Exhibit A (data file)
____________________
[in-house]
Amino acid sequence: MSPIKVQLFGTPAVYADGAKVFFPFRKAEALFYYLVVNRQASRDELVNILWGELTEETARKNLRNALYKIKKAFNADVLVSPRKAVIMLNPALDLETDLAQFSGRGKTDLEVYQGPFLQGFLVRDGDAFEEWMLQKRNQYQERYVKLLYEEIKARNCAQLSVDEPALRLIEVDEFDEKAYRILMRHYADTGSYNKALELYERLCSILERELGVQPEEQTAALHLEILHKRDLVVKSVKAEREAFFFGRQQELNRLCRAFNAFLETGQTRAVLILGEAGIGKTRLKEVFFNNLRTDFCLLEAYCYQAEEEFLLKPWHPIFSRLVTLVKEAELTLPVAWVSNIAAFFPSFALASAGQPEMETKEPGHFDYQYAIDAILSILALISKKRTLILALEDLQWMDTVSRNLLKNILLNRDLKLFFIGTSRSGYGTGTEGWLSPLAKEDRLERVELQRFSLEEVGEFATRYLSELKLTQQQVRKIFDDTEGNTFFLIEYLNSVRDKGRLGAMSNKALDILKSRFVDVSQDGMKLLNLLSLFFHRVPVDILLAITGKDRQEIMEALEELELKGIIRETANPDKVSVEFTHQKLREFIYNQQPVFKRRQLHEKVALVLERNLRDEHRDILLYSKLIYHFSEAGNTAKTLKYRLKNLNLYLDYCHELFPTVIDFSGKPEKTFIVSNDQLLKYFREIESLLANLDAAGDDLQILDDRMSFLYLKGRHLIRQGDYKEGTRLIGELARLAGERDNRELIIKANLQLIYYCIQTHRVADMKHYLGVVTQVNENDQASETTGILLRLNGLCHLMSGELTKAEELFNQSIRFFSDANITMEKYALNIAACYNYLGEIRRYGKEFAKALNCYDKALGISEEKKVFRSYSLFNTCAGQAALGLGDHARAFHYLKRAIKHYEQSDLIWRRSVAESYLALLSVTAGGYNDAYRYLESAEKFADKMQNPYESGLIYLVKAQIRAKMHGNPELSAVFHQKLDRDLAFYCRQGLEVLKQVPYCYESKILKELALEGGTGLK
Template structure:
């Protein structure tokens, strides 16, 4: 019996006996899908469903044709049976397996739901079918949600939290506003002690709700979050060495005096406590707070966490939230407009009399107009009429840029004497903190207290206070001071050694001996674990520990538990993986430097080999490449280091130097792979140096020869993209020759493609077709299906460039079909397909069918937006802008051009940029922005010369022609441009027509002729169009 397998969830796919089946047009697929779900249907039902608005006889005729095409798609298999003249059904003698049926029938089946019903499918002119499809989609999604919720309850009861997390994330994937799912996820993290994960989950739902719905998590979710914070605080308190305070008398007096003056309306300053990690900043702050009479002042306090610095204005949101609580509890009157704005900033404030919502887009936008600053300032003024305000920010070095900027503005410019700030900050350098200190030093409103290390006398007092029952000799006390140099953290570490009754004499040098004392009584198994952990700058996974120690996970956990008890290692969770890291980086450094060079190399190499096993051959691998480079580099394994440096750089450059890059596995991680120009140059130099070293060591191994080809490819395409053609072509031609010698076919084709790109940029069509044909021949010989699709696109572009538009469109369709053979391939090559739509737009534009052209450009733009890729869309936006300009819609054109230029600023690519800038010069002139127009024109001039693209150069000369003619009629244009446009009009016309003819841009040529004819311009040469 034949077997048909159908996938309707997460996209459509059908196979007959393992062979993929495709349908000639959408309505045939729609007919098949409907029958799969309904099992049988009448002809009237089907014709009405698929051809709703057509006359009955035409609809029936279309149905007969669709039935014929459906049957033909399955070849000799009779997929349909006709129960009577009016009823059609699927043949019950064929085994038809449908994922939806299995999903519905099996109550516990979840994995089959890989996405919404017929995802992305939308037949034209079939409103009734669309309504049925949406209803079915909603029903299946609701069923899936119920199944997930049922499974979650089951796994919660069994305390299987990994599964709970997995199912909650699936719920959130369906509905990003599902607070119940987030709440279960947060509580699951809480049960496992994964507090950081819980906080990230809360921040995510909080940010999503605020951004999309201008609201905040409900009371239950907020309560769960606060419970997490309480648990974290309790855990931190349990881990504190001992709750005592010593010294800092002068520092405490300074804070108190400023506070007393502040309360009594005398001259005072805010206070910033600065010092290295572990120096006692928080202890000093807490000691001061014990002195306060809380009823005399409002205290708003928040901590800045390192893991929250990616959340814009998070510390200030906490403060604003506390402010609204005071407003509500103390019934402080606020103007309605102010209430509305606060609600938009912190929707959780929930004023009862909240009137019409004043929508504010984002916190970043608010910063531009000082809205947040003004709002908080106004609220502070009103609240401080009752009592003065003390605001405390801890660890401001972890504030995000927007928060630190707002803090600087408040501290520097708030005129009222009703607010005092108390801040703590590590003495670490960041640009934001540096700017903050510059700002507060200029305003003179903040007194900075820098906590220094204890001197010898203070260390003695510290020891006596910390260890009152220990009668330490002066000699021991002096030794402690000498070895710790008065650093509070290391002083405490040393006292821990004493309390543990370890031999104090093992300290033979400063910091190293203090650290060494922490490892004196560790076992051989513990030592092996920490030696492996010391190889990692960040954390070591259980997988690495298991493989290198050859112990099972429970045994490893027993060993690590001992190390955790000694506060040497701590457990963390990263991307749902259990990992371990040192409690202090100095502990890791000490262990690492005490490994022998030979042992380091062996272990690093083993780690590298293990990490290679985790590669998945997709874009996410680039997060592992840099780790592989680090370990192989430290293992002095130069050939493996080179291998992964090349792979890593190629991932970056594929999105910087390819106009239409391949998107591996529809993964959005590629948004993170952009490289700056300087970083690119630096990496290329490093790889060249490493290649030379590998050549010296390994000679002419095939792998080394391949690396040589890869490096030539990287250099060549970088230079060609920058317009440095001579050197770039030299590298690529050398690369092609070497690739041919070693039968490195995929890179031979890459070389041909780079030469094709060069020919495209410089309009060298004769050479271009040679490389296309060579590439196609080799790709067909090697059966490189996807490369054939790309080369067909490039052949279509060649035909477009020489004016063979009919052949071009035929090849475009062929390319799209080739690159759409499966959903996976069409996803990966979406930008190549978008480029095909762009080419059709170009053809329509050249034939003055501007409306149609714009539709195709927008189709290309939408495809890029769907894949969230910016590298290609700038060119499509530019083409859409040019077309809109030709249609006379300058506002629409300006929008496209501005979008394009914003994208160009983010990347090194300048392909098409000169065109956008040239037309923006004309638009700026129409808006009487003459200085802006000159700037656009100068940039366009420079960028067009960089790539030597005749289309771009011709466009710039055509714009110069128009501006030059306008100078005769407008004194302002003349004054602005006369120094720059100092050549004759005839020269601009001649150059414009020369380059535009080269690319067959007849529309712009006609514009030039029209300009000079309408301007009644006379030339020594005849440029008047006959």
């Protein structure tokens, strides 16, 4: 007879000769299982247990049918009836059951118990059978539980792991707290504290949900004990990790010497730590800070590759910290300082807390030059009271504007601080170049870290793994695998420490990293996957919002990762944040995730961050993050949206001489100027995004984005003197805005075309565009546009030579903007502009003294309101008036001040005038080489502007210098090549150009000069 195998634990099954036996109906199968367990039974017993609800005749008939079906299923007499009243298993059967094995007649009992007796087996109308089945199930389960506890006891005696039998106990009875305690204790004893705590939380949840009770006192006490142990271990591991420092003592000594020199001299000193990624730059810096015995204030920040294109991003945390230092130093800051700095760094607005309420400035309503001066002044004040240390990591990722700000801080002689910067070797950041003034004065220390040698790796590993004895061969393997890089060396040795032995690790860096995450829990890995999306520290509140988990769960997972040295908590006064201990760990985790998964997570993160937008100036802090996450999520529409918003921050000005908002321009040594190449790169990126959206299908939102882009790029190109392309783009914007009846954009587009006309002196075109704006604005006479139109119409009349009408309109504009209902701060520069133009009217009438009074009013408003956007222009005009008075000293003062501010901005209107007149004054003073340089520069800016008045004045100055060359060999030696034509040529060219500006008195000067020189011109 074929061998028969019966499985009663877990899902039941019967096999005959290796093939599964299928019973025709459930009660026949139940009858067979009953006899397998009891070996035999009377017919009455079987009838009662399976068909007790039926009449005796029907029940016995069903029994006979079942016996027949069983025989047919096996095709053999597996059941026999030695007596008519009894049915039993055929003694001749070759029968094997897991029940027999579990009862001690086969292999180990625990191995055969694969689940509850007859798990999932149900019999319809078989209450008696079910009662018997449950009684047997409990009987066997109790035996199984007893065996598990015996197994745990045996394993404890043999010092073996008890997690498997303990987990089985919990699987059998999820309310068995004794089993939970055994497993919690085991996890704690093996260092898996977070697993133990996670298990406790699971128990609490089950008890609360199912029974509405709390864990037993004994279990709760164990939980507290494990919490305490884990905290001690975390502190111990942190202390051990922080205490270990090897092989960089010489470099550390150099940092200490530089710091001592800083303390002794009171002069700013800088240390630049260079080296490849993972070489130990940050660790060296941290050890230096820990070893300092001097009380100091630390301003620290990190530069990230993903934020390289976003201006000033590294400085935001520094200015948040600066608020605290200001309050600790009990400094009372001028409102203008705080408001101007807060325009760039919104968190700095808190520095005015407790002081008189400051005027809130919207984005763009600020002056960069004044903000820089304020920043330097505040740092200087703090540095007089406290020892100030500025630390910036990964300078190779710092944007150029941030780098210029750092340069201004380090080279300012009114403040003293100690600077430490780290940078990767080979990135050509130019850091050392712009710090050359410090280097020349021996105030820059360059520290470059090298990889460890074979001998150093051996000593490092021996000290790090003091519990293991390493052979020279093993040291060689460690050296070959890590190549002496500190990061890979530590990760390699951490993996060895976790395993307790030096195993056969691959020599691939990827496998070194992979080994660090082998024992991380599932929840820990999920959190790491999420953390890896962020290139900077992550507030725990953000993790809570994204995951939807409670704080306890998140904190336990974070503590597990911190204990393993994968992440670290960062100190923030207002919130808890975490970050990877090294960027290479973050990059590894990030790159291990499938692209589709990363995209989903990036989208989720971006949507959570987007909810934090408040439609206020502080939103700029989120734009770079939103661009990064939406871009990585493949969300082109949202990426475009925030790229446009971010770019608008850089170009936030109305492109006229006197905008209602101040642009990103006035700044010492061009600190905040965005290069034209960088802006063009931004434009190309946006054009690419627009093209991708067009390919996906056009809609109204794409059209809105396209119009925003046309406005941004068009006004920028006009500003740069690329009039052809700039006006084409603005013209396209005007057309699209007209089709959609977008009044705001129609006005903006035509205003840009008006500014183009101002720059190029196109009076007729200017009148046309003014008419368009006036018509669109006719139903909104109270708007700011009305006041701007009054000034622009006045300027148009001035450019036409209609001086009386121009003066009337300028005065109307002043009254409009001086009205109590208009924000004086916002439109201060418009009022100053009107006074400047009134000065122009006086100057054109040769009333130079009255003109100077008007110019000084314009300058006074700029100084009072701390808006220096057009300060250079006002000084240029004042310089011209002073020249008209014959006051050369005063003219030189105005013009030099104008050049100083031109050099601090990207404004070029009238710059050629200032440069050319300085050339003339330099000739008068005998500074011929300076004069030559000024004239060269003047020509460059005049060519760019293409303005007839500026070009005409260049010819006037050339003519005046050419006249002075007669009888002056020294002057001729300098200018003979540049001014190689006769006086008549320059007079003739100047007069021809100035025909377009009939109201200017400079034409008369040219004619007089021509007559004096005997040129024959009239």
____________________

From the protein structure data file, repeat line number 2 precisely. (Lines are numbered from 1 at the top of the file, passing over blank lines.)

Amino acid sequence: MSPIKVQLFGTPAVYADGAKVFFPFRKAEALFYYLVVNRQASRDELVNILWGELTEETARKNLRNALYKIKKAFNADVLVSPRKAVIMLNPALDLETDLAQFSGRGKTDLEVYQGPFLQGFLVRDGDAFEEWMLQKRNQYQERYVKLLYEEIKARNCAQLSVDEPALRLIEVDEFDEKAYRILMRHYADTGSYNKALELYERLCSILERELGVQPEEQTAALHLEILHKRDLVVKSVKAEREAFFFGRQQELNRLCRAFNAFLETGQTRAVLILGEAGIGKTRLKEVFFNNLRTDFCLLEAYCYQAEEEFLLKPWHPIFSRLVTLVKEAELTLPVAWVSNIAAFFPSFALASAGQPEMETKEPGHFDYQYAIDAILSILALISKKRTLILALEDLQWMDTVSRNLLKNILLNRDLKLFFIGTSRSGYGTGTEGWLSPLAKEDRLERVELQRFSLEEVGEFATRYLSELKLTQQQVRKIFDDTEGNTFFLIEYLNSVRDKGRLGAMSNKALDILKSRFVDVSQDGMKLLNLLSLFFHRVPVDILLAITGKDRQEIMEALEELELKGIIRETANPDKVSVEFTHQKLREFIYNQQPVFKRRQLHEKVALVLERNLRDEHRDILLYSKLIYHFSEAGNTAKTLKYRLKNLNLYLDYCHELFPTVIDFSGKPEKTFIVSNDQLLKYFREIESLLANLDAAGDDLQILDDRMSFLYLKGRHLIRQGDYKEGTRLIGELARLAGERDNRELIIKANLQLIYYCIQTHRVADMKHYLGVVTQVNENDQASETTGILLRLNGLCHLMSGELTKAEELFNQSIRFFSDANITMEKYALNIAACYNYLGEIRRYGKEFAKALNCYDKALGISEEKKVFRSYSLFNTCAGQAALGLGDHARAFHYLKRAIKHYEQSDLIWRRSVAESYLALLSVTAGGYNDAYRYLESAEKFADKMQNPYESGLIYLVKAQIRAKMHGNPELSAVFHQKLDRDLAFYCRQGLEVLKQVPYCYESKILKELALEGGTGLK